Are Sports Drinks Making You Fat?

So you walk in the gym and you’re presented with a large machine full of sports drinks, surely I’m in this exercise environment so everything put in front of me is okay? Wrong! Well, maybe…

Time and time again I see people in the gym environment who clearly want to lose weight, but they’re on a machine working at a low intensity sipping from a Lucozade Sport. In fact, I had one client who turned up for a training session with me with a super large bottle of a Red Bull copycat – now don’t get me wrong, I enjoy a bit of Red Bull with Vodka on a Saturday night out with my mates, but if you want to lose weight, this isn’t going to help you whatsoever, in fact the calories and sugar in that bottle alone would outweigh that workout session – bit of a shocker it’s true.

It’s like turning up, training and then going past Mcdonalds on the way home. Errrrr, no!

The problem is, many people use these drinks as stimulant – don’t use food for fuel and then get addicted to them. Let me explain a bit more about sports drinks…

Locozade is one of the most well known sports drinks available in all different flavors that will satisfy that sweet tooth – not to promote this brand, but let’s face it they’re everywhere – you may be a Powerade fan or some other type.  Other sports drinks that are on the market that have differing amounts of electrolytes and additives.  All reportedly improve athletic performance.

In 1965 a group of specialists from the University of Florida began pioneering sports drinks to encourage their athletes to fight tired muscles without performance-enhancing drugs.  What they found is that athletes who used the sports drinks became dependent upon them.  Research found that after having used energy drinks 90 percent of athletes then preferred them to water after a tiring activity.

The original intent of sports drinks was to be used during an activity to help the athlete continue and not to refuel after an activity.  Post athletic activity refueling is important and can be accomplished successfully without the addition of the empty calories found in sports drinks.  In fact drinking them without exercising intensely will lead to quick weight gain, often the opposite effect that a client is trying to achieve.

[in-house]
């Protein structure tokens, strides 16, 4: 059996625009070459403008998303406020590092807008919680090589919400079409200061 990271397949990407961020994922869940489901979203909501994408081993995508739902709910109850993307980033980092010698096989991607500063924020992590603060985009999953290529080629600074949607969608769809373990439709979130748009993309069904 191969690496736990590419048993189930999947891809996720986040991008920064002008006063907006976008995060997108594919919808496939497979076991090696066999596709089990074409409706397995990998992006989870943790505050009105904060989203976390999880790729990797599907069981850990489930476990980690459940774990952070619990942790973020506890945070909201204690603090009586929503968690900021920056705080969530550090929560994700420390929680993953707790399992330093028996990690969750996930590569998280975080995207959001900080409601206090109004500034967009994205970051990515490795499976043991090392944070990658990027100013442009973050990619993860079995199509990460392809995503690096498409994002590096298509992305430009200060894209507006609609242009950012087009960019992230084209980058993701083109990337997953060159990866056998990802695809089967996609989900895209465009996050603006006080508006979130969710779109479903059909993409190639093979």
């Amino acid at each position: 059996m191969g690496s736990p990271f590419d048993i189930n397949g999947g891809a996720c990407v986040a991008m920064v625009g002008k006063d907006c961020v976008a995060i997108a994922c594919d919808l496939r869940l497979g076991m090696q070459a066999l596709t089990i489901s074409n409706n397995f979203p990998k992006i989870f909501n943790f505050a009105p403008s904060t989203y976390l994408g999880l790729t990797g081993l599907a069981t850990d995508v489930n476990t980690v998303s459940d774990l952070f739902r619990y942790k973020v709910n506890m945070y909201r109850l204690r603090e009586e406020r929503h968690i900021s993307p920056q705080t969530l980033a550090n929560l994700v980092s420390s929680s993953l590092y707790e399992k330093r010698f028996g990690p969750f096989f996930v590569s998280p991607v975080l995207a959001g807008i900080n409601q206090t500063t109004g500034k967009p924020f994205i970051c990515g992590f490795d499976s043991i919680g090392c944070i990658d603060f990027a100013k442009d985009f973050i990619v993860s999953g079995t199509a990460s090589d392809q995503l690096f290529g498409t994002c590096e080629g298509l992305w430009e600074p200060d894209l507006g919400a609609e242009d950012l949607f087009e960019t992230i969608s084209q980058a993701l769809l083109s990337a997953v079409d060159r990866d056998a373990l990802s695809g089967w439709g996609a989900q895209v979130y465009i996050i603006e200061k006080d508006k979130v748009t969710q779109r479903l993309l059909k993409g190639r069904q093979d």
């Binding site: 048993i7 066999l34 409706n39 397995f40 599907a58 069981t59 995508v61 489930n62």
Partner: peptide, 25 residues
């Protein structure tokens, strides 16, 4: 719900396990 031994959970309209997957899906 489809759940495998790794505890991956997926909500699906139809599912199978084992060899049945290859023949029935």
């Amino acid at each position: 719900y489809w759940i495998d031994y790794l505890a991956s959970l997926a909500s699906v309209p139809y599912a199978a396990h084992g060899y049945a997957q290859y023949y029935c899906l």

But sports drinks vs water?  Sports drinks are not an alternative to water, which is the major component of the body.  They are stimulants, which help the athlete to continue to work, but they will never replace re-hydration with water.  In fact, using a sports drink after an activity without also using water will lead to dehydration.

Most sports drinks contain carbohydrates to fuel muscles and supplements to replenish fluids and nutrients.  There are three types of drinks:

Isotonic that sustains energy for middle and long distance events; Those competing in team sports, racket sports and endurance events where both dehydration and the depletion of carbohydrate stores may limit performance.

hypotonic is for those people exercising with the goal of maintaining fitness, improving body tone or weight management.

hypertonic for ultra distance events and used with isotonic drinks. They are therefore known in some situations as ‘energy’ drinks as there primary focus is to provide a large amount of carbohydrate during periods immediately following exercise where a high intake of carbohydrate is vital but in some situations hydration is not.  Hypertonic sports drinks should therefore not be used to maintain hydration as the large amount of carbohydrate is known to slow the time it takes for the drink to empty from the stomach.

The difference in each of these sports drinks is the amount of carbohydrates and electrolytes.  The higher the level of these additives the slower they empty from your stomach and the longer you feel full.

The answer lies in the amount of time you’ll be exercising, your drink preferences, and your pre-exercise hydration level.

Water hydrates best for people who are exercising between 25 and 45 minutes.  Only the true endurance athletes really need sports drinks to replace their sodium loss from sweat.  If you are exercising for 30 minutes you won’t need to hydrate during the workout.  If you are going for 45 minutes water will hydrate you and maintain your performance.

In my opinion most people simply don’t get their nutrition right with will hugely affect how they perform in gym or workout environment and that’s why ‘Active Carbs’ is such an important part of The Lunch Box Diet.

My own personal preference for clients is to drink water, as much as possible all throughout the day. If your drink tastes super sweet and you’re wanting to lose weight, put it to one side and grab the water. Oh and buy it in bulk from the supermarket and save yourself money in the gyms, although i’m guilty of spending £1 every day – now that’s a habit I need to change ;-)

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